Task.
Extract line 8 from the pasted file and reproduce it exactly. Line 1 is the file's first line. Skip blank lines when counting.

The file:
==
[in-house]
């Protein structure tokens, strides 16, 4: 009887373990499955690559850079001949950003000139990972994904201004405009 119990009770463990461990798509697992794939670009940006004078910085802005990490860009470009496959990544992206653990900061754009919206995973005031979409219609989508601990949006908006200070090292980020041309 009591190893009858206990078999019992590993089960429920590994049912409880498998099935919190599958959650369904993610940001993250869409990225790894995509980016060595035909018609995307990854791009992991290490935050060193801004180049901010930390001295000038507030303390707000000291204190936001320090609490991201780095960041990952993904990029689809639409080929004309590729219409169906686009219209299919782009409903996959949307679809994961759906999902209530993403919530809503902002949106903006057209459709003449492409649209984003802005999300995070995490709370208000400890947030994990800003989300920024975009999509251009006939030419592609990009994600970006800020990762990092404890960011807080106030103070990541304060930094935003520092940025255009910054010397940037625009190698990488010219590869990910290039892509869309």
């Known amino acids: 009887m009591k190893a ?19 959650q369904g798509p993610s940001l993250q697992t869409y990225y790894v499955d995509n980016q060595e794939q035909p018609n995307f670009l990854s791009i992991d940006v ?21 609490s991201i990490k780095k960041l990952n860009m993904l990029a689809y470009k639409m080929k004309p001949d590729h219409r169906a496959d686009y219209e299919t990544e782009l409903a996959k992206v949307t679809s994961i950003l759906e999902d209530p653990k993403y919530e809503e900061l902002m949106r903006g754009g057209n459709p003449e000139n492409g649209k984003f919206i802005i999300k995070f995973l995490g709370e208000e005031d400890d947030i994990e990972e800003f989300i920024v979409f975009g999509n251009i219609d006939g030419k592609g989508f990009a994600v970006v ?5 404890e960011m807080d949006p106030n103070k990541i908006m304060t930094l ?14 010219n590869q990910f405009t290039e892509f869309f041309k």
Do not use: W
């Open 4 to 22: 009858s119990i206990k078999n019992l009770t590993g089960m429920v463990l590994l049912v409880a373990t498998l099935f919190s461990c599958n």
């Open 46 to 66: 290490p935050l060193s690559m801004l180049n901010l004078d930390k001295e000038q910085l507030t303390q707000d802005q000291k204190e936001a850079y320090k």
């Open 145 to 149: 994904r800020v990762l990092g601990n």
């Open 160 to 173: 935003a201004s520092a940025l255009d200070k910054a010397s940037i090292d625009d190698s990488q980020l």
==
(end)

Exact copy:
């Open 160 to 173: 935003a201004s520092a940025l255009d200070k910054a010397s940037i090292d625009d190698s990488q980020l």